I would not pay more money on the mortgage they you already are. You can take that money, save it (make a little in interest) and use that with your house as a down payment. I can’t see any good of paying down your mortgage early if you are going to move.

  • Reply bobbi |

    I still have some debt that I am diligently working on. However, I get distracted and discouraged. I am saving about 25% of my income and paying down debt and I am able to live pretty frugal, but I just get antsy for the day when I will be debt free totally. How do you keep yourself from not getting discouraged and distracted? πŸ™‚ Thanks,

  • Reply Financial Dad |

    Congratulations! Eliminating debt is a truly liberating feeling. I thought it was interesting that you’ll still be living frugally. That’s a key component. I’ve been reading “The Millionaire Next Door” and have learned that one of the major keys to wealth is to consistently live BELOW your means. Keep up the good work!

  • Reply Monkey Mama |

    Sorry to say, paying off the debt is just the first step in a long journey. That being said, it should get easier with time. Good Luck!

  • Reply Dolly |


    Please don’t stop blogging. I have been following your blog for about a month which is just enough time to see you “finish.” As you state you aren’t finished and there are many more mountains to climb and I want to hear about that process as I to try to create an emergency fund, pay off a mortgage, etc. etc. I think deciding which of these to do first is a really interesting question and I look forward to how hearing how you make these decisions.

  • Reply LinearChaos |

    Good for you Tricia!

    One giant step in progress, a few more to go. It’s a project and you’ve got the first leg concurred!

    Hang in there, you’re an inspiration to me as I battle my student loan debt.

    Thank you for all that you have done. I look forward to reading your about your continuing financial journey.

  • Reply Nancy |

    Tricia, You are going to stop blogging? What? You can’t do that to me/us! Noooo!! πŸ™‚

  • Reply dominique |

    Hi Tricia,I just wanted to react to your blog,been following it for a while now.First of all ,congrats from Belgium!
    My own story isn’t one of incredible debt but of frugality from an early age.I have been working sinds I was 15,spending money on the fun things in life,not on stuff.I am now 45,no debt,we payed off our mortgage 3 years ago.
    I recently went back to school and have a parttime job and lots of time to enjoy life.IT CAN BE DONE.
    Make sure your son knows the values of life .Not what you have is important,what you are is.

  • Reply Karen |

    Just my two cents worth: move the retirement up to the top of the list. Speaking from the point of view of a soon-to-be-57 year old (and tired!) lady who wishes I had thought more about retirment when I was younger. Before you know it, the time will go by, and you can really beef up your retirement if you start early. Don’t wait! I know it seems like it’s a long way off, but trust me – it’s not!

  • Reply Alicia |

    What a great moving forward plan! I agree about not paying extra towards your mortgage. Have you had a professional appraisal on your home recently to know what its worth in today’s marketing if it goes up for sale in the next 4-6 months? Compare that to the balance on your home loan. If you have equity today, even a little bit put the cash towards in the down payment fund.In the end if you dont move you have that extra padding to go towards your $10k ER fund. Any thoughts for a college fund for the little guy?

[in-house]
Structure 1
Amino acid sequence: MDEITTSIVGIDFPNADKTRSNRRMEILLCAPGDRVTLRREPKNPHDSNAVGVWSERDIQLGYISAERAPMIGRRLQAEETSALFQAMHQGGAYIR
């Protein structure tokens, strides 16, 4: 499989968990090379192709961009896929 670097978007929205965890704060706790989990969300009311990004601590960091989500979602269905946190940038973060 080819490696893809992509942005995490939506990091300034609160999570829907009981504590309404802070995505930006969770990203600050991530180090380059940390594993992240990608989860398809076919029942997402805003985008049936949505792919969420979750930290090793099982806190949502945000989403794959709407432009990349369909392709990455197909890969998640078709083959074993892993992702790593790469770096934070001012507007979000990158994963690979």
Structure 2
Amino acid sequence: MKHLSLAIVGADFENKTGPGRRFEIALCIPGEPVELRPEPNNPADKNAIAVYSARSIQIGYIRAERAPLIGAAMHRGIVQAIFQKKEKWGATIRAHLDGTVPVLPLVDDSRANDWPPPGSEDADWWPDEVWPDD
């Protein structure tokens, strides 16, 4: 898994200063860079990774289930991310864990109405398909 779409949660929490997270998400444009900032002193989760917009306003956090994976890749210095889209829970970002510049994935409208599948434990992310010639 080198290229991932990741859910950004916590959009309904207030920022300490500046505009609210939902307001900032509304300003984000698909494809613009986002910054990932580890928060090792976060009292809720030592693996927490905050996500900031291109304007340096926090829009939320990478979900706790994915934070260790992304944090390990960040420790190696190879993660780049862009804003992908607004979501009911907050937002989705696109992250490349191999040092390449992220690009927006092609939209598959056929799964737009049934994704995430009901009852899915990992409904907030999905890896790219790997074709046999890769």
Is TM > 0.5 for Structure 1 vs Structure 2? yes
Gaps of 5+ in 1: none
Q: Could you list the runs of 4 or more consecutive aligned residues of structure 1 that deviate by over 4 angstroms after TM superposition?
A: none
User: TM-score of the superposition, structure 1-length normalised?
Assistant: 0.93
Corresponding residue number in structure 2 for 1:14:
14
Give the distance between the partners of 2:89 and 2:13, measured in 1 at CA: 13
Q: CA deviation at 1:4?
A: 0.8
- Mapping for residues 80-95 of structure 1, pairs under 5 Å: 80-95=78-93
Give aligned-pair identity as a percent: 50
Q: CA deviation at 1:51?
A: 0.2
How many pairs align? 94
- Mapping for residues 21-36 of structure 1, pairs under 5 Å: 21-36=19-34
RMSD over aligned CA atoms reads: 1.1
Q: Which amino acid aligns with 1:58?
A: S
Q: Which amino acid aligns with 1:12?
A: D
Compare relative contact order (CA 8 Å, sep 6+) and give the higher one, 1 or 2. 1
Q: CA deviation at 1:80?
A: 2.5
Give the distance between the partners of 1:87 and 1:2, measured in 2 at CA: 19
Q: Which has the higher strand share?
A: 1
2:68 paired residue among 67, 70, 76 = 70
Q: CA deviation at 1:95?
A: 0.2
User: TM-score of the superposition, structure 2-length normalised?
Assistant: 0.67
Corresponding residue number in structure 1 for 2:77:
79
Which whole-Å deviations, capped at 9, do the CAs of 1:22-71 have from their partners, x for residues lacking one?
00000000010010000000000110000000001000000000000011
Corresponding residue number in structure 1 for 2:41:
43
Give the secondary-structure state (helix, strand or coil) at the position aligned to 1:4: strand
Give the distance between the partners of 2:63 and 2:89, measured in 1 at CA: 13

• Reply Tricia |

    I think I should clarify something about our mortgage. We purchased our home with no downpayment. Our monthly payments only resulted in about $25-40 going towards our principal each month. We have very little equity in our home.

    I watch real estate prices in our area and for a while comparative homes were in the price range that we purchased our home in. Unfortunately, it is dropping. Not a lot, but enough to be concerned about a short sale situation.

  • Reply Tricia |

    Nancy – I will still be giving updates on here. I just won’t be blogging regularly πŸ™‚

  • Reply emmi |

    The mortgage makes the most sense to me too for extra attention. Right now you are paying a huge chunk of change in interest just for the “right” to give them some pennies toward the principal. Once you’ve paid for that “right” you might as well maximize it.

    There is no good place to earn interest right now on savings. The rates are awful. If you are willing to risk falling back on the FDIC opening an account at some desperate bank that offers a slightly better rate you can get 2.7%. Payments made on the mortgage are a guaranteed x% (whatever the mortgage is at. Most likely 7% or more.

    Pull up a mortgage calculator, like this one from bank rate and see how a little extra a month on the payments cuts years off the loan. For example a 120k 30 year mortgage will be done *13 years early* for a mere $200/month extra.

  • Reply SaveBuyLive |

    First, congratulations on both paying off your debt and establishing goals.

    Second, congratulations on understanding the importance of patients in achieving your financial goals.

    And you should keep up the blog. Even if you are no longer blogging away debt, that doesn’t mean you can’t be blogging your way to a cushy retirement.

So, what do you think ?